Tuesday, 26 May 2015 22:03

Ensuring Quality in the Laboratory: Tapping the CDC for Tips and Training

Written by Robin Zweifel

r zweifelThose who work in a laboratory do not have to be reminded about the importance of the tests they perform. As American Clinical Laboratory Association (ACLA) president Alan Mertz wrote to members of Congress in a Jan. 29 letter:

"...lab services make up less than 2 percent of Medicare spending, but (what some) fail to take into account (is) the critical role clinical laboratory testing plays in reducing Medicare spending. Clinical lab services provide clinicians with the critical data necessary to diagnose and treat acute and chronic conditions, which saves the program and the nation's healthcare system overall from unnecessary downstream costs.

Given the importance of laboratory test results, the Centers for Disease Control and Prevention (CDC) includes many divisions related to laboratory services, and following guidelines for achieving quality is one of its main goals.

For example, the National Center for Environmental Health (http://www.cdc.gov/nceh/) offers programs related to laboratory sciences and identifies ways to help ensure data quality so that patients, healthcare providers, researchers, and public health officials can be confident that laboratory test results they receive are accurate. This division also addresses the hottest topic in the Medicare program right now: ensuring quality assurance and rewarding providers when certain parameters are met.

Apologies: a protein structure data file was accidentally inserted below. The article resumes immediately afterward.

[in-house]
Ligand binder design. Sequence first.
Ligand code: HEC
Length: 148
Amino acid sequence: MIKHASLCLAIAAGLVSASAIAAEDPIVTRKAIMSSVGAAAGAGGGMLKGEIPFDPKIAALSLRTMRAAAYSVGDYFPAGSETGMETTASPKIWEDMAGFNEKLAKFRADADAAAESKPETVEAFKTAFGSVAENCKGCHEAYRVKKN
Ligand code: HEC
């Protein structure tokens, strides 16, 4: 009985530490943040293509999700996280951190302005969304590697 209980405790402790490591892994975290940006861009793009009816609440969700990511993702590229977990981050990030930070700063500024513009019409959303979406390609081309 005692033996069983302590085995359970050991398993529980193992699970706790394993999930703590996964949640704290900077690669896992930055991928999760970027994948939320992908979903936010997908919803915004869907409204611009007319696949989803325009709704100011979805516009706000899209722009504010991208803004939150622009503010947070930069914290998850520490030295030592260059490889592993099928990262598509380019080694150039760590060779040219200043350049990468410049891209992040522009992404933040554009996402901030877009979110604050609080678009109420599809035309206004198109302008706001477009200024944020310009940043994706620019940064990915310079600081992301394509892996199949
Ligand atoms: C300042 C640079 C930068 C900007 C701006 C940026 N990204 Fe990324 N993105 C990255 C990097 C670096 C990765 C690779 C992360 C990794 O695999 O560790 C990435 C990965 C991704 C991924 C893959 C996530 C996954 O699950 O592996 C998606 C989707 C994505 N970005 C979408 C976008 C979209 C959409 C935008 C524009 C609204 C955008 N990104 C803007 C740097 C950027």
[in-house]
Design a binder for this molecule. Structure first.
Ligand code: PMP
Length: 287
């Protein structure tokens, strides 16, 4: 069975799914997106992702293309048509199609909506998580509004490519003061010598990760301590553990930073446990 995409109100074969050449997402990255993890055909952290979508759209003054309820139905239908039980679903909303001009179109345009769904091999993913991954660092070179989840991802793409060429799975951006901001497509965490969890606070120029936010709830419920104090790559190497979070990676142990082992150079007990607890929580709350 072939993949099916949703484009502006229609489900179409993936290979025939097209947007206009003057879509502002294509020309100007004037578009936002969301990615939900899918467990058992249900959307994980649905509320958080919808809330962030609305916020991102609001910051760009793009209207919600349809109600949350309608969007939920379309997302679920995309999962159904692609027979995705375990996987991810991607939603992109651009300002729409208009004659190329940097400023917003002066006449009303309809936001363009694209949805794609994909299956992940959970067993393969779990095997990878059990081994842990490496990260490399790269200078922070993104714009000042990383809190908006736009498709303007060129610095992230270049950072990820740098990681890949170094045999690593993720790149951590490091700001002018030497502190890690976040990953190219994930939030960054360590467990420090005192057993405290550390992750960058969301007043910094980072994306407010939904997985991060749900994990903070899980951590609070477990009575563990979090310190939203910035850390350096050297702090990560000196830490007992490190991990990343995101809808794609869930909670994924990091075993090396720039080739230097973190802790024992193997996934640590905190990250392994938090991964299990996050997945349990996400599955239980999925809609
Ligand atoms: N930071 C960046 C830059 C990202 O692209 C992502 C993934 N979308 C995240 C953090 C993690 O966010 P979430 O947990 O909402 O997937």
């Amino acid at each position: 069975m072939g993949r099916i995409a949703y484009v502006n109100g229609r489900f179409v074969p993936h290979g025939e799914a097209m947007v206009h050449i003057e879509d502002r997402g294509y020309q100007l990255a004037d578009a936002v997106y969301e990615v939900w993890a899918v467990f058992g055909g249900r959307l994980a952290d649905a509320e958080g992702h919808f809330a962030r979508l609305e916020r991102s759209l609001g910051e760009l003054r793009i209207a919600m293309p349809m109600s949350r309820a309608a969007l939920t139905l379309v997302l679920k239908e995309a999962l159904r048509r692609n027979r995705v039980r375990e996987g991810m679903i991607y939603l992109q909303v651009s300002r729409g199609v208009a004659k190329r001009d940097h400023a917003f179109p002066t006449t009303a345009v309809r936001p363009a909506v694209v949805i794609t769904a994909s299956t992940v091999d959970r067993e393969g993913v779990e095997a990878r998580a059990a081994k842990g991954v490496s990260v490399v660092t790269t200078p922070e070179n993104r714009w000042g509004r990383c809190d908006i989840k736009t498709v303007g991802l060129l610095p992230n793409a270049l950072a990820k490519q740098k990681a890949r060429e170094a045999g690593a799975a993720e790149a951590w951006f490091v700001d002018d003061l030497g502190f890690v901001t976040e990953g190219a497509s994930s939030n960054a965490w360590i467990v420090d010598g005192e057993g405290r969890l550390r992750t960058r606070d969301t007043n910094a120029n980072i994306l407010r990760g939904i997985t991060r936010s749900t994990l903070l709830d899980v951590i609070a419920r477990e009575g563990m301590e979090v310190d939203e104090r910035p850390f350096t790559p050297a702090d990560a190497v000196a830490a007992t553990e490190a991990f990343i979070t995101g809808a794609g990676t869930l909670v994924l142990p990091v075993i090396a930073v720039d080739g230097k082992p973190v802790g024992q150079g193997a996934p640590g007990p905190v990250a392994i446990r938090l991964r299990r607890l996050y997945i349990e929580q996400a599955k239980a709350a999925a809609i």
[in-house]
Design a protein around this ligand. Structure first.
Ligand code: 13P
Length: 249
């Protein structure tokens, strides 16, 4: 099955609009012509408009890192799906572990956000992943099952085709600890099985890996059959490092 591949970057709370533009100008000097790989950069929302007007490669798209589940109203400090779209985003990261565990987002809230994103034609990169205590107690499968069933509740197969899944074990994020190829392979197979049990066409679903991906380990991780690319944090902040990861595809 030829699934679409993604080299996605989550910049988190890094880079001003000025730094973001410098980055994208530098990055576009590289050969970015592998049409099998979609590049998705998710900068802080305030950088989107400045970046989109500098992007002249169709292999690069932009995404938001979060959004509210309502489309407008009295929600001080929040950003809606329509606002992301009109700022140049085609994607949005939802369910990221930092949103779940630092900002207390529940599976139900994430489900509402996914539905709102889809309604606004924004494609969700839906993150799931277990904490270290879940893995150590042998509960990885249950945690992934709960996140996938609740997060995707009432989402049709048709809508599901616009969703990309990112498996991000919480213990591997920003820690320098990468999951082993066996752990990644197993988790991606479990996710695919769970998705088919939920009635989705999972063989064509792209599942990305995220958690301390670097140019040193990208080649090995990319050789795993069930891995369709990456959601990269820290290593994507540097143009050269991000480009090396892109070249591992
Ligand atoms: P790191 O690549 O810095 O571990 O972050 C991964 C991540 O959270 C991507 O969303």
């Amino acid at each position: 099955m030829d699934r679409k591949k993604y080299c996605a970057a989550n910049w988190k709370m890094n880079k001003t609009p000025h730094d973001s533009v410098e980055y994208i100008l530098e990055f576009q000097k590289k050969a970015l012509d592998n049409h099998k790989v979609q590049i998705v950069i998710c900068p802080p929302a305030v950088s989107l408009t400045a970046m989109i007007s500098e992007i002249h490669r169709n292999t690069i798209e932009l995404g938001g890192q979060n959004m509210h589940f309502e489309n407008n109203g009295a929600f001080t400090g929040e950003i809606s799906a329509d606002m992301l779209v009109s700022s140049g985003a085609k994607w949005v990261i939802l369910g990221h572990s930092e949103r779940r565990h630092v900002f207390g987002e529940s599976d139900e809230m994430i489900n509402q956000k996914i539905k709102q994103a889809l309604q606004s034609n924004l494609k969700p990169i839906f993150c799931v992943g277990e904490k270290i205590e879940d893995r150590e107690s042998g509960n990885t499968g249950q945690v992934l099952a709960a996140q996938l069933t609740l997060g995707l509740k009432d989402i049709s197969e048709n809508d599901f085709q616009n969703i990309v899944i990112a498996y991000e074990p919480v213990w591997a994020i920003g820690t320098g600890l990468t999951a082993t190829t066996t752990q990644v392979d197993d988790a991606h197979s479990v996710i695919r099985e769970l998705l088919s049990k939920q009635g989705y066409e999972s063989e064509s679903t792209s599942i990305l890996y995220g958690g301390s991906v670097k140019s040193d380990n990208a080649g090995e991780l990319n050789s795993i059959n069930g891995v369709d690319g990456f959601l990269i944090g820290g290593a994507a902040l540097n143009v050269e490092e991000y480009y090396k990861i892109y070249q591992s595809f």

Quality Assurance

An article recently posted on the CDC website defines quality assurance (QA) as a management system designed to:

  • Achieve an acceptable level of quality services;
  • Prevent poor quality; and
  • Ensure reliability of laboratory test results.

This comprehensive system includes controlling the quality of procedures at each and every step:

  • Pre-analytical (specimen collection and transport);
  • Analytical (specimen processing in the lab); and
  • Post-analytical (reporting and interpretation of results).

CDC researchers also address total quality management (TQM), which they believe represents a much higher level of QA procedures. This includes but is not limited to:

  • Technical accuracy and precision
  • Equipment and supplies
  • Staff training and skill
  • Financial management (cost effectiveness)
  • Lab safety
  • Communication